• Join over 1.2 million students every month
  • Accelerate your learning by 29%
  • Unlimited access from just £6.99 per month

Media and Stereotypes in Society

Extracts from this document...

Introduction

By John 01/10/02 Media and Stereotypes in Society This project has captured my interest. I found people mainly had set ideas about housewives and blonde haired females. Complete strangers view housewives with the belief they are all chained to the kitchen sink, always cleaning and cooking and as for pretty ladies with blonde coloured locks, well what chance do they have? - They are believed to have been born minus their brain. The more research I did on the subject of stereotypes in society the more I realised that the power of mythology could very well harm these innocent people. It is my view that the media, through advertising, are the most responsible party who contribute in keeping these legendary untruths alive. ...read more.

Middle

But after a while I saw that this was just for a joke, as at the end you saw that the man was only able to cook a tray of oven chips and he doesn't even know whether they have a chip pan or not, as the dialogue goes: - Man- I spent ages making these chips, slicing the potatoes, frying them in the Chip pan. Woman- what chip pan? This example indicates to me that if we look at the message being portrayed in another way it should be the man we think of as brainless. When I watched the TV to find some more examples of stereotypes I tuned in to Challenge TV and a game show was being aired. ...read more.

Conclusion

The sun newspaper described tennis ace Anna Kournikova as "sexy Anna". When she was knocked out of Wimbledon they wrote "what a loss, with her fabulous figure". It seems clear to me that they represented her as a sex object to look at instead of commenting on her playing ability. The blonde bimbo image is frequent in the media and has gone right back to the days of Marilyn Monroe. The uses of stereotypes are varied as well. Sometimes the stereotype is used for a joke, like in the advertisement I mentioned for chips, however we should seriously look at the people who are brainwashed into believing this type of advertising as being the real joke. When will our views change completely? I think, although new stereotypes are appearing and old ones are evolving, it will take time - if ever.! ...read more.

The above preview is unformatted text

This student written piece of work is one of many that can be found in our AS and A Level Media section.

Found what you're looking for?

  • Start learning 29% faster today
  • 150,000+ documents available
  • Just £6.99 a month

Not the one? Search for your essay title...
  • Join over 1.2 million students every month
  • Accelerate your learning by 29%
  • Unlimited access from just £6.99 per month

See related essaysSee related essays

Related AS and A Level Media essays

  1. Moral Panic and media folk devils.

    or read tabloid newspapers that create moral panics. None of them read broadsheets. This shows people are exposed to media influenced. 3. Only 12% of the people asked knew what percentage of the UK population are Black or Asian and answers were as high as 75%.

  2. How do Little Britain and Shameless use stereotypes to create comedy?

    The scene looks reasonably normal as it zooms out to a wide shot to reveal a bonfire, however the audience realises as the shot continues to zoom out, that the bonfire is actually a burning car. Which all the neighbours are avidly watching, they all seem to be enjoying it.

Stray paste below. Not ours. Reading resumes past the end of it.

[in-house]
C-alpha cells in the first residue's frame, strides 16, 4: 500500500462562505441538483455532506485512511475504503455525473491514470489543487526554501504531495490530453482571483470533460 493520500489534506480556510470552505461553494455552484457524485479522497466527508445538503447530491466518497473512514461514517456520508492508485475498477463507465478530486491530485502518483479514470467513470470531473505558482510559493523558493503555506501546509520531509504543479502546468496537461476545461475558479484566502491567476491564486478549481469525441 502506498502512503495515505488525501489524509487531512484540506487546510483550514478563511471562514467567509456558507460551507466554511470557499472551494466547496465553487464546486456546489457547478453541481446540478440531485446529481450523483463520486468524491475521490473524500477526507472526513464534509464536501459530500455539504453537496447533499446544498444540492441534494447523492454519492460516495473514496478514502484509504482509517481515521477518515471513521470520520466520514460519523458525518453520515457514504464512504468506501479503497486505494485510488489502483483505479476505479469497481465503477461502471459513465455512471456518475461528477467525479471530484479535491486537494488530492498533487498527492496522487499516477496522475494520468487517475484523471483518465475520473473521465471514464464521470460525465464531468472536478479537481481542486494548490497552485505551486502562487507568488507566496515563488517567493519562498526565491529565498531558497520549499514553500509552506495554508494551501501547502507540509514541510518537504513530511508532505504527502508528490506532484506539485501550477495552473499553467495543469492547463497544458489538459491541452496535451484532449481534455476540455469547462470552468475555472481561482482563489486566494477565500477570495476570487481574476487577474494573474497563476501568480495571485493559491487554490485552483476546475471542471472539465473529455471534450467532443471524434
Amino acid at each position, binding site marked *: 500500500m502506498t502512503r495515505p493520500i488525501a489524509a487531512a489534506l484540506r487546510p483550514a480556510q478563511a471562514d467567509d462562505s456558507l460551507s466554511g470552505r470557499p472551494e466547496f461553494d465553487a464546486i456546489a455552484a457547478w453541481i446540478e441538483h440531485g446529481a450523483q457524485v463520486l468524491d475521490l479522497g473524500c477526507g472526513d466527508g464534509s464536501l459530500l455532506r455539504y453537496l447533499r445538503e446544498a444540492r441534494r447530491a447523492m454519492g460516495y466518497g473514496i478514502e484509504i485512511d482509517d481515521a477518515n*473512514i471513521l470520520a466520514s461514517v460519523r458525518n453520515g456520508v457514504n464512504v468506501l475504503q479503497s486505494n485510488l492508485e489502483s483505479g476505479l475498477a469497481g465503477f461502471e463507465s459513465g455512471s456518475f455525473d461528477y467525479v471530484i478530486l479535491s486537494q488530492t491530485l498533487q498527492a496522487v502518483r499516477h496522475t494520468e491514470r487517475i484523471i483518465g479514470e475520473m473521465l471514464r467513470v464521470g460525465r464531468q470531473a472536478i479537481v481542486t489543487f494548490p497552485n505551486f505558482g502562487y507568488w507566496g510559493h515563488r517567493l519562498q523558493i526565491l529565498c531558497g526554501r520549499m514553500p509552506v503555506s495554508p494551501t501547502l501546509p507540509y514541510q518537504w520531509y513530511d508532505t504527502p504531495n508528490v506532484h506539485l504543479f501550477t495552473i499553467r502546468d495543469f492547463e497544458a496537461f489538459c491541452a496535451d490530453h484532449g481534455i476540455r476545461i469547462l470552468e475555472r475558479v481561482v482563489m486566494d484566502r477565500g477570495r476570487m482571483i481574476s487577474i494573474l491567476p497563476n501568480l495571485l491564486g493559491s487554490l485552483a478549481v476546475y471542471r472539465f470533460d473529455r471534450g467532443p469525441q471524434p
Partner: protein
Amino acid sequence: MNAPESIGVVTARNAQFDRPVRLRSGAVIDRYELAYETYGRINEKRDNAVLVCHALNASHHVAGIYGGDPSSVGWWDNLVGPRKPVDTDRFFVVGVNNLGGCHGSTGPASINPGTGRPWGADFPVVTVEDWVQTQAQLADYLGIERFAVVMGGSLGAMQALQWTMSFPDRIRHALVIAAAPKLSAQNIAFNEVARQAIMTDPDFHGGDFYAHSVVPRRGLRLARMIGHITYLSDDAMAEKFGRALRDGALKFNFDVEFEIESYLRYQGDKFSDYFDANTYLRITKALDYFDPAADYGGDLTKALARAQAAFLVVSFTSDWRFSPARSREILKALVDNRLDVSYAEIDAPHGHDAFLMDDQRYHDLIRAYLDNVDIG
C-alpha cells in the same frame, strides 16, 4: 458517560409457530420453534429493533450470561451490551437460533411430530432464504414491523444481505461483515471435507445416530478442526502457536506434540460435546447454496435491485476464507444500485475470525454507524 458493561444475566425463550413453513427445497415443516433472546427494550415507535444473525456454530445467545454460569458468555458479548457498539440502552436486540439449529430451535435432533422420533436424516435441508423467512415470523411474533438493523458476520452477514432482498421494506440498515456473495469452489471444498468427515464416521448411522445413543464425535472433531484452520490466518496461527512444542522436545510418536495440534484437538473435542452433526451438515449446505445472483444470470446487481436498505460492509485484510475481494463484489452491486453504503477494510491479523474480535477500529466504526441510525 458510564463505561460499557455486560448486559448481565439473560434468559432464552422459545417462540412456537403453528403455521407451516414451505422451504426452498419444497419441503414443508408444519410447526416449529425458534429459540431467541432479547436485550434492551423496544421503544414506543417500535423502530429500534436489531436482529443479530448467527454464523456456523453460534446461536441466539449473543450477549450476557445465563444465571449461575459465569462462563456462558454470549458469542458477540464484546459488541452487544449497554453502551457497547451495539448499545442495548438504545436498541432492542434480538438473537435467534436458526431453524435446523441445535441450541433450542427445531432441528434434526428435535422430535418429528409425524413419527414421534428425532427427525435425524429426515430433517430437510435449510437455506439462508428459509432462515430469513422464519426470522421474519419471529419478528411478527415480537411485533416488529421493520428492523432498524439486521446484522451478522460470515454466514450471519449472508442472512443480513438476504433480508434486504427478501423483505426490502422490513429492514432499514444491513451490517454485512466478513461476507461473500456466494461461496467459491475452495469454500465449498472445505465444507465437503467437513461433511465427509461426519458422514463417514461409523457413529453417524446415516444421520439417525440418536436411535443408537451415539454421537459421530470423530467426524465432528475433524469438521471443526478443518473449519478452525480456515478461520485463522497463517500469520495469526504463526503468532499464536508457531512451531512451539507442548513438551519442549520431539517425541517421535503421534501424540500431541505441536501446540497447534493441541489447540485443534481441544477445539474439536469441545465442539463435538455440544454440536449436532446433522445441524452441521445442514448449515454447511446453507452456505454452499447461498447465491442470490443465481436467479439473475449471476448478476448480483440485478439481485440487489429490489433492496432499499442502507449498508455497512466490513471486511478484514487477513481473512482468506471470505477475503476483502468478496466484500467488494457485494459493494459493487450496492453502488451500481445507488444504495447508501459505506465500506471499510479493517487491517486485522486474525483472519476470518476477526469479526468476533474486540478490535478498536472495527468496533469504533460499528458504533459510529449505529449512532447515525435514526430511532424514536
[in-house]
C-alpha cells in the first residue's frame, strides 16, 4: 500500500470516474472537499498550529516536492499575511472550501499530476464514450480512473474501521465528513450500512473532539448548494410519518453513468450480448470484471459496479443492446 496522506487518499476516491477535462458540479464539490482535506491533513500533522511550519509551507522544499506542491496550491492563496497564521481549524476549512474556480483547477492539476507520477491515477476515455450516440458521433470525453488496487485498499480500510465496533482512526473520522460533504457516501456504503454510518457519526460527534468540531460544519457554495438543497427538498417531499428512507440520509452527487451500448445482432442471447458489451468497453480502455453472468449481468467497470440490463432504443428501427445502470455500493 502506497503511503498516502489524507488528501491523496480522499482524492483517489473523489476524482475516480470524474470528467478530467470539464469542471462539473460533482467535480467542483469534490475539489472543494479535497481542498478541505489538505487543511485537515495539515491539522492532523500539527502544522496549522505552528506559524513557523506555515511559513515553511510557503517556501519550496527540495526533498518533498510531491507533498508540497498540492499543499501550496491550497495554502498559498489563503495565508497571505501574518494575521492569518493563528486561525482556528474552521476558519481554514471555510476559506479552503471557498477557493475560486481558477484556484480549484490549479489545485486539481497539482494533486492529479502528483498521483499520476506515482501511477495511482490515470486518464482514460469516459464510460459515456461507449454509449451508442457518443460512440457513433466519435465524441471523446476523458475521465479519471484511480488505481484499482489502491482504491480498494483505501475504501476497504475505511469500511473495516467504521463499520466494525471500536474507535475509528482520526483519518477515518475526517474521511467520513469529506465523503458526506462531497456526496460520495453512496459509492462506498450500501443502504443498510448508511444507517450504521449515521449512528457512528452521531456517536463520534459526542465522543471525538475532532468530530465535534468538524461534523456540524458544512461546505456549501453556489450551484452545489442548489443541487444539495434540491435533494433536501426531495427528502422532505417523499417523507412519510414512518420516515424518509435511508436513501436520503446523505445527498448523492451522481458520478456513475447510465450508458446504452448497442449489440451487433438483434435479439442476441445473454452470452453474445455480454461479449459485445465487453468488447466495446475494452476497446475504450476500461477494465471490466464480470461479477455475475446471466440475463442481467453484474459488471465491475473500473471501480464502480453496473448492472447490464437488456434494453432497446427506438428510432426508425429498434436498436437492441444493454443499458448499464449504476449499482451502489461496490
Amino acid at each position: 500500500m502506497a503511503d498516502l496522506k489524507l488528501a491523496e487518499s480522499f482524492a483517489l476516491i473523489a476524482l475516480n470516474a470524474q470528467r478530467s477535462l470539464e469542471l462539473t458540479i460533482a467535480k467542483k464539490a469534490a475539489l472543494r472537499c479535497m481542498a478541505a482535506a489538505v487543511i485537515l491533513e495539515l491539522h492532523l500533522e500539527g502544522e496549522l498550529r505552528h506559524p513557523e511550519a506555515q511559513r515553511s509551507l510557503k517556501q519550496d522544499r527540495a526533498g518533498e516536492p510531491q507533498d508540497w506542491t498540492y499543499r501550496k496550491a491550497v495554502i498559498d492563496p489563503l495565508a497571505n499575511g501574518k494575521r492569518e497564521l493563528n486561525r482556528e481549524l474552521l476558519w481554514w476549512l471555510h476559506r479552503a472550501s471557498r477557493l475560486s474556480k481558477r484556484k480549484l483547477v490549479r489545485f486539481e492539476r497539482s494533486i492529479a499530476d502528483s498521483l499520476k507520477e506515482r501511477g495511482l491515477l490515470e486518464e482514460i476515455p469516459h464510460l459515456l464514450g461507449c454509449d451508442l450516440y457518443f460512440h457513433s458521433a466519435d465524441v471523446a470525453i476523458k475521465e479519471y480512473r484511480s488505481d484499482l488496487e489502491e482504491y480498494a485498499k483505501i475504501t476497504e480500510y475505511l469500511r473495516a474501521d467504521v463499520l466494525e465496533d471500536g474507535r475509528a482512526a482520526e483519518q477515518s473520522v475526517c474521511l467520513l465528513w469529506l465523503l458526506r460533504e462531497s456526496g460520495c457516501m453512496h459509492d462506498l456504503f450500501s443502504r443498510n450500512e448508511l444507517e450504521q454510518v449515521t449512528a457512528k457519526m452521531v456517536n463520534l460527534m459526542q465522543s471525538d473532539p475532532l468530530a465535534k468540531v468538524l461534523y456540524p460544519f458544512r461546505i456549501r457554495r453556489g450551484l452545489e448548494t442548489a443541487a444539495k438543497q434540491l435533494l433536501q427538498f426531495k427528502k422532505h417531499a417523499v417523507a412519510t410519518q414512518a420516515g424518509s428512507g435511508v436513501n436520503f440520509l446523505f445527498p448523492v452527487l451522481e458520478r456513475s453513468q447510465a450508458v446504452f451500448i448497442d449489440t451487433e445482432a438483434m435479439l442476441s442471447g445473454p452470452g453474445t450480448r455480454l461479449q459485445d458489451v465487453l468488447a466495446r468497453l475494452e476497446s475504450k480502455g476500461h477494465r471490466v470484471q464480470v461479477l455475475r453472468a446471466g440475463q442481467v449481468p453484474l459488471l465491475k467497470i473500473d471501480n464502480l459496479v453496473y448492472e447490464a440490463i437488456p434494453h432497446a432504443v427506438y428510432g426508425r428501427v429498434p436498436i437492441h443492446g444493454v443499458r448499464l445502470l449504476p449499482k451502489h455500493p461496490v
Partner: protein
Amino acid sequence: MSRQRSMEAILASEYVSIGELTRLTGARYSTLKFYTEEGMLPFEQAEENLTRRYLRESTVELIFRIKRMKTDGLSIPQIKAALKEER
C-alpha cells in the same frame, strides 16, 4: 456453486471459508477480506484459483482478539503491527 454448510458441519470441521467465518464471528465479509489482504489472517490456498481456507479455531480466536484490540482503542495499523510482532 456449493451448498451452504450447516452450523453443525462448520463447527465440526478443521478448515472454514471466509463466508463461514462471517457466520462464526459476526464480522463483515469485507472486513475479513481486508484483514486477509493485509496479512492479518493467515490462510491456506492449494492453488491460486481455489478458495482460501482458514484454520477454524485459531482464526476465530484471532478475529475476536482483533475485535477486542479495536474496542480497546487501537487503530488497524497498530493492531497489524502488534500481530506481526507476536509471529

1. "The media reflects society; just as there is diversity in society, there is diversity ...

    How often have you heard people talking about the events of Albert Square rather than the problem of poverty and famine in Africa? Hegemonic Marxists would add that the views of the 'ruling class' have become 'common sense' and as such are not questioned.

  2. How does the media represent female bodies?

    I would then give them several women's magazines and then ask them the same questions after they have studied them to see if the magazines have made any difference to their viewpoint. This method would result in a more in depth study but I chose not to carry it out

  1. How is Crime represented in the Media

    And this will be every third person I see when conducting the survey. Cross-Sectional surveys involve finding out the opinions of a wide range of people at a particular time. This is conducted over a short period of time and isn't time constraining.

  2. Do Stereotypes Change Over Time? Using the Gangster Genre as an Example.

    rap and R'n'B music, So Solid Crew, 50 Cent, Cypress Hill (all the famous "Real Life" gangsters) etc... The three above descriptions are all of gangsters, but at the same time are three completely different stereotypes. The original 1920's gangster was described as how HE was (all of the stereotypes are of men)

  1. How far do you agree with Tessa Perkins views on stereotypes? Illustrate your answer ...

    are said to be short, oily, and hot-tempered. Upper-class whites ("WASPs") are said to be greedy, emotionally cold, and haughty. Negroes ("Niggers") are said to be stupid, promiscuous, and happy. These generalizations are not accurate, but they are spread widely, not only by word of mouth but also through images in television, movies, newspapers, music, comic books, talk shows, and even textbooks," says W.

  2. How Media, Advertising and Celebrity Culture Affects Female Body Image

    A commonly adapted theory to explain media effects on body image is that of Festinger?s (1954) Social Comparison Theory ? the idea that conformity can be explained in terms of the need to evaluate our beliefs in opinions by comparing them with other people?s (Gross, 2010, p.428).

  • Over 160,000 pieces
    of student written work
  • Annotated by
    experienced teachers
  • Ideas and feedback to
    improve your own work